2 Background: key family policy trends in China and in Shandong province
2.1 The evolution of national policies
Since their introduction in the 1970s, the policies aiming to regulate marriage and childbearing in China were revised frequently. In the 1970s, later marriage and later childbearing rules were applied in the cities where couples were encouraged to delay marriage until age 25 for women and age 28 for men and not to have more than two children. Urban and rural couples alike had to conform to a longer birth-spacing period of at least 3–4 years (Attané, 2002).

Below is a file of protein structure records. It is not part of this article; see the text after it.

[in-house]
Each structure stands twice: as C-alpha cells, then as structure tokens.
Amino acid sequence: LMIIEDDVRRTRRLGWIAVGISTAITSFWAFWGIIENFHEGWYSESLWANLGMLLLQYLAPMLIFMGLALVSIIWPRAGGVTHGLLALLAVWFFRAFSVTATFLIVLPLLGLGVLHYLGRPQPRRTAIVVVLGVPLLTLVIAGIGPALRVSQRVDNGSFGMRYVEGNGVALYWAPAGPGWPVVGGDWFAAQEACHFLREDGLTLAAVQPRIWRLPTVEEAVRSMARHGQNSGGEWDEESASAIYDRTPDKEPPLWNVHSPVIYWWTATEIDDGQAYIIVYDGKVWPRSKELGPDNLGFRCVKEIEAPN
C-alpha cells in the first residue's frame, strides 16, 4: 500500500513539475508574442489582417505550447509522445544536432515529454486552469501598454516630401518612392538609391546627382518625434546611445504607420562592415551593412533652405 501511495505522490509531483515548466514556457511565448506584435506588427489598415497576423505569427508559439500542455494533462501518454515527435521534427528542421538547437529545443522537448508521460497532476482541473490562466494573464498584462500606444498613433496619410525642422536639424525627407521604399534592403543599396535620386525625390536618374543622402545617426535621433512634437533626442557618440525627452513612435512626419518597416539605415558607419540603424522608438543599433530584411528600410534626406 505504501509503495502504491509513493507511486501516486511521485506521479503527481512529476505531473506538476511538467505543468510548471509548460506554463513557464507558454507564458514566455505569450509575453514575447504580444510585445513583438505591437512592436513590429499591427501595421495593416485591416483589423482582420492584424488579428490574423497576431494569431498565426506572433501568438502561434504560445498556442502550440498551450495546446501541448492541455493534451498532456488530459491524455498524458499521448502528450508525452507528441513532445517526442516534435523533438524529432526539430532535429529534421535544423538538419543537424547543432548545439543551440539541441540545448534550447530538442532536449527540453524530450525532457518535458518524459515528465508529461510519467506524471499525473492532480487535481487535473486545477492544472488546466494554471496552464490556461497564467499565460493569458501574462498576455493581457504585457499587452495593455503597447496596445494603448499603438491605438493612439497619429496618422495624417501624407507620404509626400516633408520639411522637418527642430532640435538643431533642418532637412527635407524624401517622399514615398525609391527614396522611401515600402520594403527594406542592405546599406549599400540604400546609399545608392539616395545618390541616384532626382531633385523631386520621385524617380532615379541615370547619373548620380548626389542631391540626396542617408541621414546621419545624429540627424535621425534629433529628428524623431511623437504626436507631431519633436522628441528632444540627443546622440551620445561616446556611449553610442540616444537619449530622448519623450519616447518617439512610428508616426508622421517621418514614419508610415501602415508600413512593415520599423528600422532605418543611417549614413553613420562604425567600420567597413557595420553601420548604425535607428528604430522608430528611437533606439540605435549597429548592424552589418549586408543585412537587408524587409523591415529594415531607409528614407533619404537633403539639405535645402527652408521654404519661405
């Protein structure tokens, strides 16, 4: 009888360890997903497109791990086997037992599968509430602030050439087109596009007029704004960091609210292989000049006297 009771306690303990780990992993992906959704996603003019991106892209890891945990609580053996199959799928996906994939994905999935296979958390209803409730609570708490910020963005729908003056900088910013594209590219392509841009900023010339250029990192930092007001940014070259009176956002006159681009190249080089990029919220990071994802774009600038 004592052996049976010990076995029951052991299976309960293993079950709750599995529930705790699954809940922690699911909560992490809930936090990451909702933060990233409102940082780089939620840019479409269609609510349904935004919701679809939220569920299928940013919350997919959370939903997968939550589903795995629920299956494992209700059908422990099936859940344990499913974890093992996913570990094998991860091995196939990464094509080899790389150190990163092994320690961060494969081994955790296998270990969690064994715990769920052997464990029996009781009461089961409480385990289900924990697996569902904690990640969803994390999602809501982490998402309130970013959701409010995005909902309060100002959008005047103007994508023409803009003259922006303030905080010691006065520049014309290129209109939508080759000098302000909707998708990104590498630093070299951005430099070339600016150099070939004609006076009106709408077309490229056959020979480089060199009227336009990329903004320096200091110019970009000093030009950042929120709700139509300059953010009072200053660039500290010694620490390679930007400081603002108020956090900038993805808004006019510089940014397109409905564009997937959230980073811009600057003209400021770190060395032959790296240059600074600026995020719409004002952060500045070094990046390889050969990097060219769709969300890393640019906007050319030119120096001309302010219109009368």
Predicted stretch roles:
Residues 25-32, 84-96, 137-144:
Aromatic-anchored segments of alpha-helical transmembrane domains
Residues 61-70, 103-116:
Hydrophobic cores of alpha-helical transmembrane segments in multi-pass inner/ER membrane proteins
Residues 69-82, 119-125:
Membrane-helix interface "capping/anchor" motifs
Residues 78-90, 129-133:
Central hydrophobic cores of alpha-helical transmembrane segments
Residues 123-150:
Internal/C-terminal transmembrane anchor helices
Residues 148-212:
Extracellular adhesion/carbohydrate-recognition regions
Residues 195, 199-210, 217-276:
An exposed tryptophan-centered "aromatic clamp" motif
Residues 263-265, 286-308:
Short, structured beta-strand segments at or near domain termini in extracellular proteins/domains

The establishment of one-child policies, first discussed in 1978, was motivated by the goal of quickly reducing high birth rates, which were seen as impeding economic growth (Wang et al., 2013). In February 1980, a set of developmental goals had been formulated, including a goal of limiting a total population in China to 1.2 billion in 2000, accompanied by policies that restricted 95% of urban couples and 90% of rural couples to having only one child (Wang et al., 2013). This drastic fertility limitation was in part enforced by a host of coercive measures. However, popular resistance forced the government to relax its most stringent rules. From 1984 on, rural couples have been allowed a second child, subject to province-specific conditions (Attané, 2002; Gu et al., 2007; Scharping, 2013).